The long and very winding road to a new five-year farm bill took the expected new turn today when the House voted 217 to 210 to cut the Supplemental Nutrition Assistance Program (better known as food stamps) by $39 billion over the next decade. The bill includes a prominent proposal to prohibit states from waiving work requirements for certain adults receiving food stamp benefits even in areas of high unemployment and inadequate job creation. That provision accounts for nearly half of the total savings and was added to the bill not by the House Agriculture Committee under normal congressional procedures, but by House Majority Leader Eric Cantor (R-VA) and a small group of Republican legislators he selected to put the bill together.
Also new in the bill approved today was a provision to permanently remove nutrition programs, including SNAP, from the farm bill. That provision — also one that was not approved by the House Agriculture Committee under normal congressional procedure — would dictate that nutrition programs be approved by Congress every three years, while the rest of the farm bill would remain on a five-year schedule. If this provision were to become law, it would place future passage of farm bills in serious doubt.
According to the Congressional Budget Office, the bill would remove 3.8 million Americans from the food stamp program in 2014 and an average of 2.8 million people over the course of the next decade. In addition, nearly a million people would see their benefit levels reduced.
No Democrats voted for the bill, and 15 Republicans also voted no: Chris Gibson, Michael Grimm, Richard Hanna, and Peter King of New York; Frank LoBiondo and Chris Smith of New Jersey; Michael Fitzpatrick and Pat Meehan of Pennsylvania; Gary Miller and David Valadao of California; plus Shelley Moore Capito (WV), Jeff Fortenberry (NE), , Walter Jones (NC), Frank Wolf (VA), and Don Young (AK). Had all Members voted, a single additional Republican defection would have doomed the bill. Additional Republicans had hinted at a no vote, but likely were whipped into line by leadership to ensure passage.
Surprisingly, the rule governing today’s floor debate did not contain a provision to merge this new nutrition-only farm bill with the previously passed farm-only farm bill into a single comprehensive bill. The House can only take a single bill into conference with the Senate’s comprehensive farm bill. Hence, without somehow merging their two separate bills into one, they would be forced to decide on one or the other. It is now expected that the House will vote next week to re-merge the two halves of the bill and then, presumably, name its conferees to meet with the Senate conferees to forge a final, comprehensive bill.
That action to merge the bills could have taken place today but many assume that the vote to merge the bills was postponed until next week due to the precariousness of today’s vote. Some who voted for the bill today may have voted against it had their vote today also been a vote to merge the bills.
A key question — perhaps the key question — is what happens to the farm bill negotiated by the conference committee. Following the farm bill conference negotiations (assuming they happen and that the conference committee approves a final bill), the big unknown is whether a majority of the House Republican Caucus would vote for a conference bill if, as seems likely, the cuts to food stamps are much closer to the Senate bill. The House-passed cut to SNAP is ten times higher than the Senate bill, which proposes just over $4 billion in cuts to the program. If the House Republican Caucus can pass a farm bill with a lower cut to SNAP, then there will be a new farm bill. If not, the follow up question is whether the House Republican leadership would allow the bill to pass, nonetheless, with a minority of the Republican caucus voting yes but with a majority of Democrats voting yes. The House Republican leadership has been very reluctant to let that happen in recent years, but has made exceptions in some high profile cases.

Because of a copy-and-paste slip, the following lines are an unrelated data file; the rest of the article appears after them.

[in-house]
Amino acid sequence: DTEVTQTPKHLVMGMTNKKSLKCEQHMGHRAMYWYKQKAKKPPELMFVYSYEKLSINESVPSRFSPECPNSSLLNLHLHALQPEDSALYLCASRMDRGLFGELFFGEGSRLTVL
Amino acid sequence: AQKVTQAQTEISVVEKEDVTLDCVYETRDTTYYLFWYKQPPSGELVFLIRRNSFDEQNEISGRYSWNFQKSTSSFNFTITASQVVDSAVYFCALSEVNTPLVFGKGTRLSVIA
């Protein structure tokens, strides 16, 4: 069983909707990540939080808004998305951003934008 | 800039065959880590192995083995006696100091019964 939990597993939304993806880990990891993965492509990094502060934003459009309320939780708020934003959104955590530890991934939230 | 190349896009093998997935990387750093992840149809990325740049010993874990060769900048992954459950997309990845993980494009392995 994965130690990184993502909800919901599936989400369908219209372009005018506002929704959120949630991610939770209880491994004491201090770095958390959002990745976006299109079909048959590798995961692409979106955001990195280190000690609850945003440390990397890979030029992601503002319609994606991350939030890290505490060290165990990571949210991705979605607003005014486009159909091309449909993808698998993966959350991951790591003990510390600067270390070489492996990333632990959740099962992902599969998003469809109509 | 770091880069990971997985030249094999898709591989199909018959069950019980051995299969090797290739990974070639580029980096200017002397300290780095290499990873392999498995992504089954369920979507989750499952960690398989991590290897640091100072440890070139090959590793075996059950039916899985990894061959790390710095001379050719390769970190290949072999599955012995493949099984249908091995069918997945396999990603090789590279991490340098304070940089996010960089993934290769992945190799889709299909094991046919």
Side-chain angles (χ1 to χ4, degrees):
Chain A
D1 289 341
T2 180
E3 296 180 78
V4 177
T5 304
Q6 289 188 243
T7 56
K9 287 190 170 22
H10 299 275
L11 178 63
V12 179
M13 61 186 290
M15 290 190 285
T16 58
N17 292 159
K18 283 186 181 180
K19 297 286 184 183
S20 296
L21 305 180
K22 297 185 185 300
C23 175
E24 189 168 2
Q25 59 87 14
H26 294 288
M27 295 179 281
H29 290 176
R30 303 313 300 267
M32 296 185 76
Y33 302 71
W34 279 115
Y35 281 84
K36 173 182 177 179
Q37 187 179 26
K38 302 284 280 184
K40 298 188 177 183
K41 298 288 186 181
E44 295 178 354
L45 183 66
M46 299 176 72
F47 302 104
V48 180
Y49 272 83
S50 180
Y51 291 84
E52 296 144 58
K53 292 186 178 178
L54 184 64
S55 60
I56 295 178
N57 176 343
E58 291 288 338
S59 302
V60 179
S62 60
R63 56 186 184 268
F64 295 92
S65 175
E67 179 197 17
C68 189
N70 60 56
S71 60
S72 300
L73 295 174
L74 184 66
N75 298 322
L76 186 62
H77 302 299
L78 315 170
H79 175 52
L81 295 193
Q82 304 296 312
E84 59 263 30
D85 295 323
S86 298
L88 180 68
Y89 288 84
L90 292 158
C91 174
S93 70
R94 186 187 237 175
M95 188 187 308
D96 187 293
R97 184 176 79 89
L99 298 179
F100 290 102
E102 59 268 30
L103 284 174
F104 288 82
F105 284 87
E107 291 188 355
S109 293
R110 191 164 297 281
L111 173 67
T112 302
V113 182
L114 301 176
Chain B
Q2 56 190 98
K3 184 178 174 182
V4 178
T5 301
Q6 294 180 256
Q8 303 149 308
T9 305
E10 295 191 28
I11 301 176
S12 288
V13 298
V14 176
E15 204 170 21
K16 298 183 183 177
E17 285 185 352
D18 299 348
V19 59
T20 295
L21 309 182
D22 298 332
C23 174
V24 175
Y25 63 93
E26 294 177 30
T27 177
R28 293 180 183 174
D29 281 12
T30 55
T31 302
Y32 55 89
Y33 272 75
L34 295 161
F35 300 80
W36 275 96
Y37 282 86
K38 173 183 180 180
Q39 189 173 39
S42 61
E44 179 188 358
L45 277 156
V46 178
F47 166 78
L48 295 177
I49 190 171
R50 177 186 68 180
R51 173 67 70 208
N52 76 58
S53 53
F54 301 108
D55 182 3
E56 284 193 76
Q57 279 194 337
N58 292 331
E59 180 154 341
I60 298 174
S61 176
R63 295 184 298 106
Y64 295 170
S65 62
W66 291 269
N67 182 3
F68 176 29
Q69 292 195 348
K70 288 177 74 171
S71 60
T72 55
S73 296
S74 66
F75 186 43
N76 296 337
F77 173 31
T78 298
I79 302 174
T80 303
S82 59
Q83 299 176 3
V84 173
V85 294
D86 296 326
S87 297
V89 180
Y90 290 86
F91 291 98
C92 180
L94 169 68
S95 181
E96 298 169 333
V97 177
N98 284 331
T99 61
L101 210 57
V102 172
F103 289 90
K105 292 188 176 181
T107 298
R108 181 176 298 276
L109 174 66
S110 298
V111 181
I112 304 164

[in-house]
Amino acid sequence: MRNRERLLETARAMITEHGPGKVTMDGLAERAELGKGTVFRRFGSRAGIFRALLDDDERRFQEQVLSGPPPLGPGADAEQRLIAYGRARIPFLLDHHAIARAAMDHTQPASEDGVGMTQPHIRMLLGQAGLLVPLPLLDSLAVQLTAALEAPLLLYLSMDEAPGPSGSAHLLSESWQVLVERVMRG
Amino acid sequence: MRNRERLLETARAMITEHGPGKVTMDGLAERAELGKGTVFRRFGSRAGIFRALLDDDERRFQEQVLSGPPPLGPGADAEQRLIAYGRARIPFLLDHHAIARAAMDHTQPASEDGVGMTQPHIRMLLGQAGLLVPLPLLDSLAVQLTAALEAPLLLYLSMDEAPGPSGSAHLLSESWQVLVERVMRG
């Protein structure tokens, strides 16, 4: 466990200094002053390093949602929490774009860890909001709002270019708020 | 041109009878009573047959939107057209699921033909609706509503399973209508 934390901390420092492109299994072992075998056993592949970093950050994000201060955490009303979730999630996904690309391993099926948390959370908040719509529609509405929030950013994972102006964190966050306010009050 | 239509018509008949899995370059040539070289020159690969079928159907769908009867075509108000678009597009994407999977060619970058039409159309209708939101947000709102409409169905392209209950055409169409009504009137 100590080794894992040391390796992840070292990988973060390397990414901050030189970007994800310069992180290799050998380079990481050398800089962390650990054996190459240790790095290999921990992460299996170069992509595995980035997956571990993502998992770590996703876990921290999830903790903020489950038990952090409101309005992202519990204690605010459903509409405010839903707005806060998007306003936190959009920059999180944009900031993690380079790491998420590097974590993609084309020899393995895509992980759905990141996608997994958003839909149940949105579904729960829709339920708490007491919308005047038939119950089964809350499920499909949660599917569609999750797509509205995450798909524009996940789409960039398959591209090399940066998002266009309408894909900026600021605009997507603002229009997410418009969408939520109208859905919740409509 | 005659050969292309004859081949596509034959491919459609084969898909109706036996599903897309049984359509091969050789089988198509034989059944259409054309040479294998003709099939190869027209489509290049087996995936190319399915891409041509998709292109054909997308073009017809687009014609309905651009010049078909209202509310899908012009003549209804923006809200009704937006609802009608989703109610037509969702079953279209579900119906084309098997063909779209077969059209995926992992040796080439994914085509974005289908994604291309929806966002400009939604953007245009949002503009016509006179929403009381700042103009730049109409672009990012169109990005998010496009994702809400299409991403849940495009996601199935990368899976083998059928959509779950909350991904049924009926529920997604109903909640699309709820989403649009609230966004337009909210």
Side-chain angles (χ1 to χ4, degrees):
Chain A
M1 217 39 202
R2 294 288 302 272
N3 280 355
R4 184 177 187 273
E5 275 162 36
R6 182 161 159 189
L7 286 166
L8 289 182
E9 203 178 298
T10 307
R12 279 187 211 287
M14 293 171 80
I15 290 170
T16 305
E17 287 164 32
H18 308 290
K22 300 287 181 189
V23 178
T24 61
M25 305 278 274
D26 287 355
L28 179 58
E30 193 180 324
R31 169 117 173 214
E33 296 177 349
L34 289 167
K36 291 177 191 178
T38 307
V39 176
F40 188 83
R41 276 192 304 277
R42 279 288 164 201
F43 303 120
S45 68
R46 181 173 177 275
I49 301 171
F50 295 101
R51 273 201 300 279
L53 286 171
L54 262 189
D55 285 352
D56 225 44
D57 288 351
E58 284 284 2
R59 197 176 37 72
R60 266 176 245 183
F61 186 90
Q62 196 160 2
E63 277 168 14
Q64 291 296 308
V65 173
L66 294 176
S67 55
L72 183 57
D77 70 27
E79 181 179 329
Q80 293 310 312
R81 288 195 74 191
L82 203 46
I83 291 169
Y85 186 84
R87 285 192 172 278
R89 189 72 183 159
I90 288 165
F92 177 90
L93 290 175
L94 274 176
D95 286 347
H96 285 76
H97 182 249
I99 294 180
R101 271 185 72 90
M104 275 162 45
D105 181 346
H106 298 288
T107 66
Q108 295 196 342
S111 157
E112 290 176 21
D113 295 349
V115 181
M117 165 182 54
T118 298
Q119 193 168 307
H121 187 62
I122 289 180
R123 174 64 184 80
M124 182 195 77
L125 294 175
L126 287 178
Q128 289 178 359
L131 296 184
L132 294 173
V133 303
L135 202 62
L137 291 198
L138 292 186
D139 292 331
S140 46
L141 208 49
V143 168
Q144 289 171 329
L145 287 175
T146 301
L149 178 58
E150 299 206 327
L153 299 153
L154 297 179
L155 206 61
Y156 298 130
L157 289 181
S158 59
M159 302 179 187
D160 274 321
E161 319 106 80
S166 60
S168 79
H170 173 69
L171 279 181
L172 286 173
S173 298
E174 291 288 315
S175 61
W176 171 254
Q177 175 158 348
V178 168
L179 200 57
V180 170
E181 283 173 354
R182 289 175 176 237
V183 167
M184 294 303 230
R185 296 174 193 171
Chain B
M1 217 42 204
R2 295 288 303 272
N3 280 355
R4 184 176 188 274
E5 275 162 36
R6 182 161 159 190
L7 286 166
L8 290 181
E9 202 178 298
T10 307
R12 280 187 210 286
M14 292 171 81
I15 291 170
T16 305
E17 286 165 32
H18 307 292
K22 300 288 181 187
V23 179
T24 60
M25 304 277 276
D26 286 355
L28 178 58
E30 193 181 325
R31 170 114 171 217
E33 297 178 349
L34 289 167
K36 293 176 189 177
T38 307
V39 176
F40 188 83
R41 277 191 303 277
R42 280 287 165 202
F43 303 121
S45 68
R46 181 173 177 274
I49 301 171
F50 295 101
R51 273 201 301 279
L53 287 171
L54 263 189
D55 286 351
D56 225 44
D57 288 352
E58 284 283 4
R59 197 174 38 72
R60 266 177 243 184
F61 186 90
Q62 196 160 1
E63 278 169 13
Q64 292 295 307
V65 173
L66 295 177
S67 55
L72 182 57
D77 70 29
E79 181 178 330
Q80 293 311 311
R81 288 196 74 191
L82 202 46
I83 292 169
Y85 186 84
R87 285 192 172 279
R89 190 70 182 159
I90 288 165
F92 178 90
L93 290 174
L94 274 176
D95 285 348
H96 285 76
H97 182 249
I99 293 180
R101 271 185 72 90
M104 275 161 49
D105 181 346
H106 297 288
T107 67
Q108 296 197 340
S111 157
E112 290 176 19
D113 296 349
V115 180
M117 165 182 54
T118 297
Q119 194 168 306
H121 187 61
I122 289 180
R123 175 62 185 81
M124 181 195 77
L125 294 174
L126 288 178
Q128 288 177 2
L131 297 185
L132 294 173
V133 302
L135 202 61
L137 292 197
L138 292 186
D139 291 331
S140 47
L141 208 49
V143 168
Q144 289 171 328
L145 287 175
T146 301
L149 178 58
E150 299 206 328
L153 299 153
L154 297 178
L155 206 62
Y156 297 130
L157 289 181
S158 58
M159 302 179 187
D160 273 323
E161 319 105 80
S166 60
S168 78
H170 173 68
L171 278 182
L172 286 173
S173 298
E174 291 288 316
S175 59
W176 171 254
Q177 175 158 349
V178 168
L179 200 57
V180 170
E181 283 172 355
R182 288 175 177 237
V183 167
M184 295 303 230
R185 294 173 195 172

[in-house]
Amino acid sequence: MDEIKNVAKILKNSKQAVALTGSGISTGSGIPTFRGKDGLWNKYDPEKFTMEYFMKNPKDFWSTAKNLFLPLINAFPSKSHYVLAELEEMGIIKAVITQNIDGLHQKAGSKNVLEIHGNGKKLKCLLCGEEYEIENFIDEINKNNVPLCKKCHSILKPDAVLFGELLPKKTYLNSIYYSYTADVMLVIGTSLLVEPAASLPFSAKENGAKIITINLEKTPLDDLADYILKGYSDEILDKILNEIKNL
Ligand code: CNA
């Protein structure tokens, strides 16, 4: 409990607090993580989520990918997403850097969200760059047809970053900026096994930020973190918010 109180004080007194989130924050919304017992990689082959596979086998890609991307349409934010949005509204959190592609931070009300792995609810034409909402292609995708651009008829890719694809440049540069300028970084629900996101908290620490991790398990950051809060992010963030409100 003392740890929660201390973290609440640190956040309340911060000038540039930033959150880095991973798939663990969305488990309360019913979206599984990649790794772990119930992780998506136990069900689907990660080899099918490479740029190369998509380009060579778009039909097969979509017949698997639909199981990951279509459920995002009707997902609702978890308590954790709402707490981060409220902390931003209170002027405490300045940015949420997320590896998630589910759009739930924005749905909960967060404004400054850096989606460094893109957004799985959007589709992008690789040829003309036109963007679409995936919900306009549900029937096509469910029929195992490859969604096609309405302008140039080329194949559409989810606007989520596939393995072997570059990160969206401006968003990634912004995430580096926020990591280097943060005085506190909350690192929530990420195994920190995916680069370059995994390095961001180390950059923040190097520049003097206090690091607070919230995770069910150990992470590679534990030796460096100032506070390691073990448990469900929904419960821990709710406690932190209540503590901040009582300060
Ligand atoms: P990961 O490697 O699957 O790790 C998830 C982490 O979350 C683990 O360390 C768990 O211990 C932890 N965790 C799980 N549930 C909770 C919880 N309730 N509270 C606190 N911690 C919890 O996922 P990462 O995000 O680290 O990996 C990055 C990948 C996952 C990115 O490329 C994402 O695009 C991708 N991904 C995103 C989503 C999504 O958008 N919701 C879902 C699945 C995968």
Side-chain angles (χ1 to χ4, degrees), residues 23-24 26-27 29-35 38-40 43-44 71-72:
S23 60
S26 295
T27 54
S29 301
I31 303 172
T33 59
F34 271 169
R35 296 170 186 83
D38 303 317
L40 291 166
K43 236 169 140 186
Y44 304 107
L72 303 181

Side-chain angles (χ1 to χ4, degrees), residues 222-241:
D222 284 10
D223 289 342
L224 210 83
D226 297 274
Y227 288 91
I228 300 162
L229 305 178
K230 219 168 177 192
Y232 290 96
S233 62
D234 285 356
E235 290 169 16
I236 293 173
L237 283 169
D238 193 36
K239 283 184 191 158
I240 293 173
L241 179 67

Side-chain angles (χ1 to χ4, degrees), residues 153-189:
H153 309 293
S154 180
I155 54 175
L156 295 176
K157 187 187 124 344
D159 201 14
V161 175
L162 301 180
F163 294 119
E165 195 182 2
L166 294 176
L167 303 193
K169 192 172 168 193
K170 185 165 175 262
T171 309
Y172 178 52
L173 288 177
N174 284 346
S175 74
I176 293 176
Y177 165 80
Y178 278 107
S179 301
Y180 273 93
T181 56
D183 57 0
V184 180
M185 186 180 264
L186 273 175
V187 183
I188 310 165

With that thought no doubt in her mind, Senate Agriculture Committee Chairwoman Debbie Stabenow (D-MI) on Wednesday said, “What the House Republicans are voting on is nothing more than extremely divisive, extremely partisan political exercise that by the way is going nowhere. And it is jeopardizing the passage of a five-year farm bill.”
There is also the possibility that a conferenced farm bill would be attached to another must-pass piece of legislation, such as a potential deal on the debt ceiling later this fall. In that case, Members of Congress would be voting on a bigger package, and the farm bill conference package would be hitching a ride. Many more factors would influence a Member’s vote, and the issues specific to the farm bill could potentially take a back seat.
The newly approved House bill includes, in addition to new SNAP provisions related to work requirements, all of the provisions of the nutrition title reported by the House Agriculture Committee and the amendments to the nutrition title approved on the House floor prior to the House voting down the whole farm bill back in June.
As we explain in an earlier post, the bill therefore includes multiple local and regional food provisions strongly supported by NSAC. If the House is able to re-merge the new nutrition bill with the farm-only farm bill next week, this means that all of the positive local food and farm to school provisions will be under review by the House-Senate conference committee, if and when that committee begins its work.
For a thorough review of all the SNAP provisions in the House-passed bill, the budget cuts broken down provision by provision, and state-by-state data on the impact of the proposed cuts, see the detailed report Cuts in House Leadership SNAP Proposal Would Affect Millions of Low-Income Americans by the Center for Budget and Policy Priorities.